Political scientists (with some exceptions) are confident that political parties have grown stronger over the last few decades. One development that makes the parties stronger is the revival of the partisan press. Very quick summary: in the 19th century political information was generally controlled by partisan newspapers. In the 20th century, the partisan press faded and was replaced by mass media that valued neutrality and objectivity, reaching its zenith in the network news era of the 1950s through the 1970s in which most people got information from a source that didn't even have an editorial page to wall off news reporting from. Then, from about the 1970s on, we've had a revival of the partisan press in several forms, probably beginning with op-ed pages and syndicated partisan columnists, but featuring (OK, you know this part) such things as Fox News and MSNBC, talk radio, and the partisan blogosphere.
Here's the question, however: what are the incentives governing the partisan press? How does it fit in with the rest of the party -- that is, both formal party organizations and the larger party network?
There are basically three plausible stories. One is that the partisan press, just like the 20th century objective press, follows professional journalist norms and financial incentives, each of which creates biases which are (roughly speaking) outcomes of other processes rather than deliberate ideological choices. For example, we can expect that if a candidate wins a huge landslide in Iowa in three weeks that the neutral, objective media will play up the chances of the #2 or #3 candidate, rather than declaring the nomination contest over -- even if the contest appears to be over by all objective standards. That's because everyone involved -- reporters and correspondents, editors and producers, and upper management -- has incentives to keep the battle going on and appearing competitive for as long as possible. So: does Fox news have the same incentives? Will that drive its actions?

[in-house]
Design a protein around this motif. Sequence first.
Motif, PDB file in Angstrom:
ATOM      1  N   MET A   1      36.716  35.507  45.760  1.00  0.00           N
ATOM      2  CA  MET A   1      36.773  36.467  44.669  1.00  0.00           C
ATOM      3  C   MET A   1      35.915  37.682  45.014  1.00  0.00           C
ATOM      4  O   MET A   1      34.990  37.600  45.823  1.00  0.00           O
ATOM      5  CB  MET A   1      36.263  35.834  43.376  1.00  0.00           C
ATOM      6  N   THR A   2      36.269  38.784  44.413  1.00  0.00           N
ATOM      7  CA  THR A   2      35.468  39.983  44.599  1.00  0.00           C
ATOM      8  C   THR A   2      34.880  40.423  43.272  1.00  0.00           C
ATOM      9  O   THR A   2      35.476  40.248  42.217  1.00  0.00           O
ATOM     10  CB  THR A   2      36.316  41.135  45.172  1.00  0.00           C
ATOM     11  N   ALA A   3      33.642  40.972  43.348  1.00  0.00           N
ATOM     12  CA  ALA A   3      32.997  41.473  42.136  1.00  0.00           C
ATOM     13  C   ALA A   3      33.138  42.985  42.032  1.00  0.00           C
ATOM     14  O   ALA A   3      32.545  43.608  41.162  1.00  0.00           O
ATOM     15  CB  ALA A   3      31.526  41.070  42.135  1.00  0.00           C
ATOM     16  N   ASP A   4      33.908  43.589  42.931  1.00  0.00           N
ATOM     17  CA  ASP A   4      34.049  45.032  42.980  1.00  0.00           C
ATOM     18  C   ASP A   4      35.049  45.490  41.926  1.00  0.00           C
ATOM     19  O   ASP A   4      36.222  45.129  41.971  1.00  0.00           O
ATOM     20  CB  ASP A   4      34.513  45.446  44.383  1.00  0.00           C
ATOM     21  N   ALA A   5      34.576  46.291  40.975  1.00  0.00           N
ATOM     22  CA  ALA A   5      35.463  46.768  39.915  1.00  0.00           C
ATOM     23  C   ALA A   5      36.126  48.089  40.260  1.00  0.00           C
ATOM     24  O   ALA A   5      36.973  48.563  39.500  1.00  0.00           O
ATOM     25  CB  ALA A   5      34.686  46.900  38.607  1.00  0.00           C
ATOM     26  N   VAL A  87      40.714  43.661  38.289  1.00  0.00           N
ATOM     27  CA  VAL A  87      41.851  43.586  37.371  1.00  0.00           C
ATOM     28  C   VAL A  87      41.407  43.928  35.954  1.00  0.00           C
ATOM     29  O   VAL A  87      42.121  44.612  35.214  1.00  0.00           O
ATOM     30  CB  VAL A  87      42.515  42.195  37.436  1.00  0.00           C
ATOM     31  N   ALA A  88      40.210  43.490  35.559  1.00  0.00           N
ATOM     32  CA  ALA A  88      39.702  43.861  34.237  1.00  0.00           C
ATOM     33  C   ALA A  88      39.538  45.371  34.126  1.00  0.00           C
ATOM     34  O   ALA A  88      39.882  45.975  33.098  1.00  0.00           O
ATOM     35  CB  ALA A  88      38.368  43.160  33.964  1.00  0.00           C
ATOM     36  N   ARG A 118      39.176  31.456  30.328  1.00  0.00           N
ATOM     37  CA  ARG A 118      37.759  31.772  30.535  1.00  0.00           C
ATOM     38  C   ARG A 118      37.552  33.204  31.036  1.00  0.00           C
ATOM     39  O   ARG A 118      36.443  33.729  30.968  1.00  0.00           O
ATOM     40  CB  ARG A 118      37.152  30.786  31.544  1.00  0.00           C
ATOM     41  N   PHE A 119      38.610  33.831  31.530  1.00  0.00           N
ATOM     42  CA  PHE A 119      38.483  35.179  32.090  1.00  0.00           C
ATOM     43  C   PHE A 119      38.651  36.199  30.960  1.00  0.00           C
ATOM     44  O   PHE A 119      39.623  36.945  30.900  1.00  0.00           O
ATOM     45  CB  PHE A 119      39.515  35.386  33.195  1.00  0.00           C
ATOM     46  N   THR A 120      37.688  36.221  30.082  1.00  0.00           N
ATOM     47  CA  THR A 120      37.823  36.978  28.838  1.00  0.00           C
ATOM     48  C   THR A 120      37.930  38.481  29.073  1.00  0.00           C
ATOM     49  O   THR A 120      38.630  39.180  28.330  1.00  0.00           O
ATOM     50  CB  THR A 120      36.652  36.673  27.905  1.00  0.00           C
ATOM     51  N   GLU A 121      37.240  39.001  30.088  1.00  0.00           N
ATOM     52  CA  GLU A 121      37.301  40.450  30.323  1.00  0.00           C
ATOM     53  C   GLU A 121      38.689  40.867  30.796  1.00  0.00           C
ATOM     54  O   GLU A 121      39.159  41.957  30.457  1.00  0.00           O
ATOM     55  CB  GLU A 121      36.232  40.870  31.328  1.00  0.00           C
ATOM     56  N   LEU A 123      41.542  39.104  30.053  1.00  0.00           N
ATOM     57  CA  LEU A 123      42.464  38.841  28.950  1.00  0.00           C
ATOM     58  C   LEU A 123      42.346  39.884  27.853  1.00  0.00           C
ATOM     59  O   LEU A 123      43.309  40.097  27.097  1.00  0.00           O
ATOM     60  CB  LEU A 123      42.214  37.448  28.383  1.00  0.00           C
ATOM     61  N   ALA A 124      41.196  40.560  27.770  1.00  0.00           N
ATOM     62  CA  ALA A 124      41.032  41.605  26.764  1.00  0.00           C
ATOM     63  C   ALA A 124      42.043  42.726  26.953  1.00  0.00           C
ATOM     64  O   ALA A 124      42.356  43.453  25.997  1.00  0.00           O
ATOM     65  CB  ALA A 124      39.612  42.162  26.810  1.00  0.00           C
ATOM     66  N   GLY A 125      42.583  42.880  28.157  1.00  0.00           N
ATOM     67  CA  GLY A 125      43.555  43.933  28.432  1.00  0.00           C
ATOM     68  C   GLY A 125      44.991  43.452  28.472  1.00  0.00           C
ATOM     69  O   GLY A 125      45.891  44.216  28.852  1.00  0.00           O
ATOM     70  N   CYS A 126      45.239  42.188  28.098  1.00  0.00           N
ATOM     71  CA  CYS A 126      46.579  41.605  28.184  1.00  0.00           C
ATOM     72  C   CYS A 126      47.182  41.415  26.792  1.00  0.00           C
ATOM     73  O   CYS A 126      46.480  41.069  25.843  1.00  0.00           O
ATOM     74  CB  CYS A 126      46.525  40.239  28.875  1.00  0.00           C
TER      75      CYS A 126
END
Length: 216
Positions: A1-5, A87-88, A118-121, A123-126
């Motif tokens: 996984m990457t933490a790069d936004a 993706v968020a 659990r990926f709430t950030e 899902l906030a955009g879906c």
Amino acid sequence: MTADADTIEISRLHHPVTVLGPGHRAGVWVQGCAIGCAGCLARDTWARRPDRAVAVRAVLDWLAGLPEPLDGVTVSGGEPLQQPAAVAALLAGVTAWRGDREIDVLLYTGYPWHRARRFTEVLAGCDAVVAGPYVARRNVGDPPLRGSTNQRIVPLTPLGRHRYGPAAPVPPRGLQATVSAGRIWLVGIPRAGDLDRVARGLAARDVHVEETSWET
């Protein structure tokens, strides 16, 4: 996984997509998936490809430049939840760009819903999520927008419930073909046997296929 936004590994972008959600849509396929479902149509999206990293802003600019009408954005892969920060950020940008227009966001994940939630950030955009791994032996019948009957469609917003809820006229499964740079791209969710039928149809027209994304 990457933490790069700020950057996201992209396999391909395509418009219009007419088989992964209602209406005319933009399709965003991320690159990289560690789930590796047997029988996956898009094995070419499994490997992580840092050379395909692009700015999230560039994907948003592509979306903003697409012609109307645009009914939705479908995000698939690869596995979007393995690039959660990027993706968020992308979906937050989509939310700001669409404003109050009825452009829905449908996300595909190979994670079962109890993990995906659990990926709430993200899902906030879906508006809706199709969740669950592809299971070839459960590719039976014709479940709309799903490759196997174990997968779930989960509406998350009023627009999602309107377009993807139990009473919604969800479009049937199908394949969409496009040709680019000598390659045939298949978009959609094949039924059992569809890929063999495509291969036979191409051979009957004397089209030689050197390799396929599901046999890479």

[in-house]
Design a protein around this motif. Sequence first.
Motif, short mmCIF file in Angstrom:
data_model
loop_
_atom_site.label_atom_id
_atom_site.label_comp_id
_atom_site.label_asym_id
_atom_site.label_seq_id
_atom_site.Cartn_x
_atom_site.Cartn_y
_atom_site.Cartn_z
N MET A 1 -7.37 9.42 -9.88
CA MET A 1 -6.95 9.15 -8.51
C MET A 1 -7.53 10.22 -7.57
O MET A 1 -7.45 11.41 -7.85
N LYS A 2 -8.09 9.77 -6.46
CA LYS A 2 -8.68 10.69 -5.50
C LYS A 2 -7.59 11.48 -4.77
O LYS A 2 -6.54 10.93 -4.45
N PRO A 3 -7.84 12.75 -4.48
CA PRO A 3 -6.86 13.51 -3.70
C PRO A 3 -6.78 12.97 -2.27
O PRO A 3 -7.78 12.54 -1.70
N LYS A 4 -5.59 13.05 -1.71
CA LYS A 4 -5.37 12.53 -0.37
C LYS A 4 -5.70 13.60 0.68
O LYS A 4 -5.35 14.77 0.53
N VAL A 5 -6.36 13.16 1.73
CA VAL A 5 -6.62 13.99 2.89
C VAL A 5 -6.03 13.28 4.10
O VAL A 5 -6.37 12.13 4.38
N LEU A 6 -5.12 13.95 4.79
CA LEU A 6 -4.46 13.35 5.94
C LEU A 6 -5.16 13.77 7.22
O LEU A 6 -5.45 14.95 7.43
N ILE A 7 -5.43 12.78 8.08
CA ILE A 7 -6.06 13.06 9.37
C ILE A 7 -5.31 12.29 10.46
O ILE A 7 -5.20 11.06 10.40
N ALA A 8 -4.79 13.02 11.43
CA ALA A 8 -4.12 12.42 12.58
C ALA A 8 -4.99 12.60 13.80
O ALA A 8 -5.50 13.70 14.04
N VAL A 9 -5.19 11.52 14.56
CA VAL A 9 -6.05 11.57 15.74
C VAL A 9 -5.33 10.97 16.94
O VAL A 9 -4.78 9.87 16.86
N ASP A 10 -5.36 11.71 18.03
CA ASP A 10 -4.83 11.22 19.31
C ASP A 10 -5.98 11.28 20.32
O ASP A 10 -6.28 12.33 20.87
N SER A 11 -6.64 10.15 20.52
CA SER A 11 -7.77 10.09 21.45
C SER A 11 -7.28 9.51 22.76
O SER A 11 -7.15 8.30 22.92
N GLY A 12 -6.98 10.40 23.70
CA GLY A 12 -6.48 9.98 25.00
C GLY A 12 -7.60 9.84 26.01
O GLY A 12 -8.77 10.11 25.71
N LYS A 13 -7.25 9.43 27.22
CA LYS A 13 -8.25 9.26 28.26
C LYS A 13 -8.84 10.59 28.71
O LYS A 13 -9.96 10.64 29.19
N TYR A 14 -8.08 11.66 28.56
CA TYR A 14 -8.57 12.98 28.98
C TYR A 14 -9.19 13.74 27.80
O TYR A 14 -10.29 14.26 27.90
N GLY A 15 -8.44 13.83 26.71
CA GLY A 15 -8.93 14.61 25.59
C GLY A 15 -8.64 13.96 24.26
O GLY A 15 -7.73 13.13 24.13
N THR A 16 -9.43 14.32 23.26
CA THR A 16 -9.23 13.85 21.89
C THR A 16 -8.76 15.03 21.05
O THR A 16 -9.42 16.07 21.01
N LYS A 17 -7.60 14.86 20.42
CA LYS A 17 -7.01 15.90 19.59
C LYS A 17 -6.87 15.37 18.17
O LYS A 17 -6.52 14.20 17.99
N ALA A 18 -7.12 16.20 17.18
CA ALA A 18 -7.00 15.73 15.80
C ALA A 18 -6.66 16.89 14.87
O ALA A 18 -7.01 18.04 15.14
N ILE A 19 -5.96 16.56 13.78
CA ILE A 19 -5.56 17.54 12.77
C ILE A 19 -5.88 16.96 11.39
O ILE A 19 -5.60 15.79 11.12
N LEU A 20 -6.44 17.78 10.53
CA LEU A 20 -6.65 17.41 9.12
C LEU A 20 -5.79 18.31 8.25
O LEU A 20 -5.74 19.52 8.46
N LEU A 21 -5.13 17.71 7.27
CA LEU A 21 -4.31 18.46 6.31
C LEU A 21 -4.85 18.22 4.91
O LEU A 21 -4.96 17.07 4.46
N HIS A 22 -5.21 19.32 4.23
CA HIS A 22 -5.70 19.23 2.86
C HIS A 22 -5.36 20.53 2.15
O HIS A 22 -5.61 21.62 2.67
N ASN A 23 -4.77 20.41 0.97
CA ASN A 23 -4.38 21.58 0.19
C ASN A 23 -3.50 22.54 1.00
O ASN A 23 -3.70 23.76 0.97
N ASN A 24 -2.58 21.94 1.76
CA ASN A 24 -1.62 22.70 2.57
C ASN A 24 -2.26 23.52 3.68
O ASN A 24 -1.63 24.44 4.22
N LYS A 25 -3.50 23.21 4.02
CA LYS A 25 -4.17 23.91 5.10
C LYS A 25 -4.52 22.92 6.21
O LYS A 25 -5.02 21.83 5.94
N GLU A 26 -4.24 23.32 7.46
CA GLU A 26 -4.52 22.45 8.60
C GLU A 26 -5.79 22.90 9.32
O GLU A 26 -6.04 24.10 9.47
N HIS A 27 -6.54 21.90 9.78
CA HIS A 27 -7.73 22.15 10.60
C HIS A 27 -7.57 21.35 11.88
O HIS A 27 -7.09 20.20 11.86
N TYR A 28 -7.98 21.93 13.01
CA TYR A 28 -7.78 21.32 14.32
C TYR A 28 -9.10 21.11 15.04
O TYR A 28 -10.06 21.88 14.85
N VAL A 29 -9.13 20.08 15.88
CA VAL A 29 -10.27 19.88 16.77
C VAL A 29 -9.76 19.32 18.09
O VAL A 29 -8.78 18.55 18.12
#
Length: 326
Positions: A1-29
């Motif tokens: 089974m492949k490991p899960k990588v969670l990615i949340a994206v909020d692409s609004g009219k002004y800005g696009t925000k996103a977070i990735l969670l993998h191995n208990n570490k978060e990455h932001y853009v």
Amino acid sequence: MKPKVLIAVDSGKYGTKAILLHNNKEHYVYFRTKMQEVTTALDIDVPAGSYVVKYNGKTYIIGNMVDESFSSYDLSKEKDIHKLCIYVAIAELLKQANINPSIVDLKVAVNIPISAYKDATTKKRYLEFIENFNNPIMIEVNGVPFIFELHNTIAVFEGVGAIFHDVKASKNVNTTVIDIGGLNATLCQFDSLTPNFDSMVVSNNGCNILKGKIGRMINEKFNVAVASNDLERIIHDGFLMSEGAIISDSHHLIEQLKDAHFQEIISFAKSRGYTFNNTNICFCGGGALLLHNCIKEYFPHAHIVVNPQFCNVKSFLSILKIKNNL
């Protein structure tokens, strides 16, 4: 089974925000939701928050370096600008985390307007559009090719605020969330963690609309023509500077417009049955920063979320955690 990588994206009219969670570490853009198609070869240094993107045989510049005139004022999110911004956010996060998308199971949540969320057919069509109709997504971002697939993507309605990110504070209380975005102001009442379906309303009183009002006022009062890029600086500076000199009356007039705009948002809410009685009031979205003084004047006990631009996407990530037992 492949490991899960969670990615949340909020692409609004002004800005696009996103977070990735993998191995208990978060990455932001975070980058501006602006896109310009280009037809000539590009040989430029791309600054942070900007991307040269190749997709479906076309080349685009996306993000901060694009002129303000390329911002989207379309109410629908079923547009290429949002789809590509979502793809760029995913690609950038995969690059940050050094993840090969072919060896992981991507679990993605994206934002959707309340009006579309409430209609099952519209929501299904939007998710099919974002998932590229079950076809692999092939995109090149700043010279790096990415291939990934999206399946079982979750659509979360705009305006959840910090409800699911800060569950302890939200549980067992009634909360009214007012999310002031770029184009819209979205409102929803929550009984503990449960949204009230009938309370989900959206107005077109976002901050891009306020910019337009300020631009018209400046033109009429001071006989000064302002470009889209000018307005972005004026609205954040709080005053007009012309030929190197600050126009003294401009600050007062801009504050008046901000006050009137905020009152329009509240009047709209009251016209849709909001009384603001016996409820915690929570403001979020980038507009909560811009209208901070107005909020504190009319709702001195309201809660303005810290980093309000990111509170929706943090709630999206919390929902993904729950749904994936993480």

A second story is that the partisan press serves as the PR wing of the parties, and takes its marching orders from them. This can be complicated, of course, when the parties themselves are split over something, but when party actors agree on something, then we can see whether the partisan press takes their lead from them.
And then a third story is that the partisan press are party actors, but that they are freelancers -- that no one tells Beck and Rush and Hannity and the rest (and their Democratic counterparts) what to say, and so the most successful ones become independent, important party actors in their own right.
The problem is that these are extremely difficult stories to untangle empirically, especially if (as I think is the case) each story is partially true. Fortunately, the next couple of months should prove highly useful, if indeed we have a situation in which the bulk of Republican party actors ("establishment" and otherwise) strongly oppose Newt Gingrich, but his act continues to play well in the polls and then with Republican voters in the early states.
Indeed, the entire election cycle will be interesting. How did Fox News cover, and therefore contribute, to the demise of Herman Cain? How is it treating Newt right now? To what extent does the Republican partisan press move in unison? What happens to those who appear to be opposing the bulk of party actors?
Party and media scholars are getting plenty of data to work with. If I see any interesting results, I'll pass it on (and if I'm missing any important findings from what's out there so far, please let me know; I try to keep up with the party literature, but not so much with the media literature).